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[openstack-dev] [all] [api] Reminder: WSME is not being actively maintained

0 votes

Last summer Lucas Gomes and I were press ganged into becoming core on
WSME. Since then we've piecemeal been verifying bug fixes and generally
trying to keep things moving. However, from the beginning we both agreed
that WSME is not a web framework that we should be encouraging. Though
it looks like it started with very good intentions, it never really
reached a state where any of the following are true:

  • The WSME code is easy to understand and maintain.
  • WSME provides correct handling of HTTP (notably response status
    and headers).
  • WSME has an architecture that is suitable for creating modern
    Python-based web applications.

Last summer we naively suggested that projects that are using it move to
using something else. That suggestion did not take into account the
realities of OpenStack.

So we need to come up with a new plan. Lucas and I can continue to
merge bug fixes as people provide them (and we become aware of them) and
we can continue to hassle Doug Hellman to make a release when one is
necessary but this does little to address the three gaps above nor the
continued use of the framework in existing projects.

Ideas?

Thanks.

--
Chris Dent (╯°□°)╯︵┻━┻ http://anticdent.org/
freenode: cdent tw: @anticdent__________________________________________________________________________
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asked Mar 8, 2016 in openstack-dev by cdent_plus_os_at_ant (12,800 points)   2 2 7

11 Responses

0 votes

Is there an estimate of how much work/time it would take to refactor the
library to slowly satisfy those three points?
Also, do we already have clear ideas on where we want to get? While the
three points are clear from a general point of view, what does each of
those points really mean? Which parts have you identified as "not easy to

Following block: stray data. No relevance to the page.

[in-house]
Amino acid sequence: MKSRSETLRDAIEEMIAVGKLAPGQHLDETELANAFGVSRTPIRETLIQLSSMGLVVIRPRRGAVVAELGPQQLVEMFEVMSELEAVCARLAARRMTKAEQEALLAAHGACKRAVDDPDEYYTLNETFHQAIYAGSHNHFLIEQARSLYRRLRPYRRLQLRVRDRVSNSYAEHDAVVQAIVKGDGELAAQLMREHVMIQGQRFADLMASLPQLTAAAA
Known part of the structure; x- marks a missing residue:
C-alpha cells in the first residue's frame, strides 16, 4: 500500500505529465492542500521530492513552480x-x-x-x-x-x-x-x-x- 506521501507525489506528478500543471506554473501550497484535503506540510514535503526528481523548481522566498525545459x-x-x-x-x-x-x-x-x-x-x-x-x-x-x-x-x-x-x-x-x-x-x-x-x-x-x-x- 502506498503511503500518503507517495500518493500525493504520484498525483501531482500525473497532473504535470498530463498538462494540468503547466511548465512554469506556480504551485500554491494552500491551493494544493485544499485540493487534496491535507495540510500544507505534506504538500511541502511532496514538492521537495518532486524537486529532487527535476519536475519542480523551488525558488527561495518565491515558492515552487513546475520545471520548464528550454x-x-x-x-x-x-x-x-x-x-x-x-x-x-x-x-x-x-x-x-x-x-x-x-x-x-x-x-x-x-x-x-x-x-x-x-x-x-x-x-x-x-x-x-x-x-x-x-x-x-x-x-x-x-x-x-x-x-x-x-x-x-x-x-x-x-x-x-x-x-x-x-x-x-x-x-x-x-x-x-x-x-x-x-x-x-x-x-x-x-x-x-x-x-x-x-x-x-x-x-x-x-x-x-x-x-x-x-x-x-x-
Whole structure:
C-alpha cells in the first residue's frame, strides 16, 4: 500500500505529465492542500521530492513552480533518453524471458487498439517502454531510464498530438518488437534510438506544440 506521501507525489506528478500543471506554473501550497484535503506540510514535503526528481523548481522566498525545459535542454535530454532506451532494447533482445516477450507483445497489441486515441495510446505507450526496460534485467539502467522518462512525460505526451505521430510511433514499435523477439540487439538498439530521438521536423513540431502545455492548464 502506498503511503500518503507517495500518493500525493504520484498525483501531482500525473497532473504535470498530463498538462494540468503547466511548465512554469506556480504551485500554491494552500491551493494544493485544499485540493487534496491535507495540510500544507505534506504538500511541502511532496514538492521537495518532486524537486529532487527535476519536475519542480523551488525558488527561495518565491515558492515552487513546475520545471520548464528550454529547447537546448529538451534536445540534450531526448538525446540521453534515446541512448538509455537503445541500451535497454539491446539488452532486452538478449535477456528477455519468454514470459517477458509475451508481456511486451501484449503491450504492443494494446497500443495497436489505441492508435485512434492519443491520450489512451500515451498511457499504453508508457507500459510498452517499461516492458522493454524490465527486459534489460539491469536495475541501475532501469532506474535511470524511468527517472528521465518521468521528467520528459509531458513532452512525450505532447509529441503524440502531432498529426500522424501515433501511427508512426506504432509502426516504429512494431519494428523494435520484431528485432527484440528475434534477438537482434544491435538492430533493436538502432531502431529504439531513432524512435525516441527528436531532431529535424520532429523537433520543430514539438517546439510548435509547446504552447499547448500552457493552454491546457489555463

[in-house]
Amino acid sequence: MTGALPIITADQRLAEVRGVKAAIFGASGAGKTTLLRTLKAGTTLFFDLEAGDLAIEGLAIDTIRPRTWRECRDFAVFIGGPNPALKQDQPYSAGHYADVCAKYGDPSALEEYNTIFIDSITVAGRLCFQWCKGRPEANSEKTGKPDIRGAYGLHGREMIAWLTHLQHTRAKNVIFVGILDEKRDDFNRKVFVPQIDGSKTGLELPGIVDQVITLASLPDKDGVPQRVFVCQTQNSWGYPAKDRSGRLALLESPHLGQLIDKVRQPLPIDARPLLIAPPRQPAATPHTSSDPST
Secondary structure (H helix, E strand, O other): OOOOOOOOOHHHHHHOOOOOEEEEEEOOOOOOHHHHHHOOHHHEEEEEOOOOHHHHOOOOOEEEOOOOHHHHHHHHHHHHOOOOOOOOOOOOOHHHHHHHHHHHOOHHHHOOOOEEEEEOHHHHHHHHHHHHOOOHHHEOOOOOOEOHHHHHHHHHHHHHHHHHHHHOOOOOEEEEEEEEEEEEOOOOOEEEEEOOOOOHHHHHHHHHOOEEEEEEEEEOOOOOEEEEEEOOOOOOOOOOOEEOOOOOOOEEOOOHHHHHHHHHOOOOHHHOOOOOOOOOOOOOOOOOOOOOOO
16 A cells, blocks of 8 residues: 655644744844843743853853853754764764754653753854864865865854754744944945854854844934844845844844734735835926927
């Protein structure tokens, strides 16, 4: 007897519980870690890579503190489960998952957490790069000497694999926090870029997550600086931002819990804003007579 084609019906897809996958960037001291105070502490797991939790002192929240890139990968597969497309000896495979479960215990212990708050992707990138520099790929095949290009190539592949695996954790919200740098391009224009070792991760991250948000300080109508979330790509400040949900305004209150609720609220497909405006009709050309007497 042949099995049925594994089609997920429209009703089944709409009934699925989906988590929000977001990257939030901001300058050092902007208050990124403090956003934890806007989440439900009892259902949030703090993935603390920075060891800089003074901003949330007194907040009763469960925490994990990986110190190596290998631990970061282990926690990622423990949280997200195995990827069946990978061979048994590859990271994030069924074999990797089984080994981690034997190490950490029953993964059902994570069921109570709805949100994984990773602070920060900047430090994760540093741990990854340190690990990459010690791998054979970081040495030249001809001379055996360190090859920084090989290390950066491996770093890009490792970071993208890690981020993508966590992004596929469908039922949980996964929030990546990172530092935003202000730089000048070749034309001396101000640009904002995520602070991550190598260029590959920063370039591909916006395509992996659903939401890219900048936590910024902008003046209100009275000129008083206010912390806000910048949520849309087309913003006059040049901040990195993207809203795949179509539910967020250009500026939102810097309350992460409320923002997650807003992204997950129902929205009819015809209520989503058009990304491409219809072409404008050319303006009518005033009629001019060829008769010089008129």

understand", what architecture you have in mind when speaking about "modern
Python-based web applications"? IIRC you suggested Pecan as a reference.

About point #2, I think it could be the "easiest" to fix, even thou not so
elegantly at first, but I only see one bug report currently open about it (
https://bugs.launchpad.net/wsme/+bug/1532704). The first step here would be
to check the most common return codes used in APIs and see if WSME supports
them or not... (*)

IMHO, if we are trying to fix it, the first step should be to have a clear
plan as to encourage volunteer contributions, even thou there are not many
of those.

That's my 2 cents!

Cheers,
Stéphane

(*) I remember that a change I did to correct an HTTP status code returned
from WSME had an impact in the OpenStack projects using it. So before
releasing a version with the correct status codes we have to remember to
tell others to check their code to ensure it works with the correct status
codes.

On Tue, Mar 8, 2016 at 12:25 PM, Chris Dent cdent+os@anticdent.org wrote:

Last summer Lucas Gomes and I were press ganged into becoming core on
WSME. Since then we've piecemeal been verifying bug fixes and generally
trying to keep things moving. However, from the beginning we both agreed
that WSME is not a web framework that we should be encouraging. Though
it looks like it started with very good intentions, it never really
reached a state where any of the following are true:

  • The WSME code is easy to understand and maintain.
  • WSME provides correct handling of HTTP (notably response status
    and headers).
  • WSME has an architecture that is suitable for creating modern
    Python-based web applications.

Last summer we naively suggested that projects that are using it move to
using something else. That suggestion did not take into account the
realities of OpenStack.

So we need to come up with a new plan. Lucas and I can continue to
merge bug fixes as people provide them (and we become aware of them) and
we can continue to hassle Doug Hellman to make a release when one is
necessary but this does little to address the three gaps above nor the
continued use of the framework in existing projects.

Ideas?

Thanks.

--
Chris Dent (╯°□°)╯︵┻━┻ http://anticdent.org/
freenode: cdent tw: @anticdent


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--
Stéphane


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responded Mar 8, 2016 by Stéphane_Bisinger (220 points)  
0 votes

On Tue, 8 Mar 2016, Stéphane Bisinger wrote:

Is there an estimate of how much work/time it would take to refactor the
library to slowly satisfy those three points?

No, that is the biggest reason I'm calling it unmaintained. Neither
Lucas nor I have the time nor interest in being the people who fix WSME
so no estimating has been done.

Also, do we already have clear ideas on where we want to get? While the
three points are clear from a general point of view, what does each of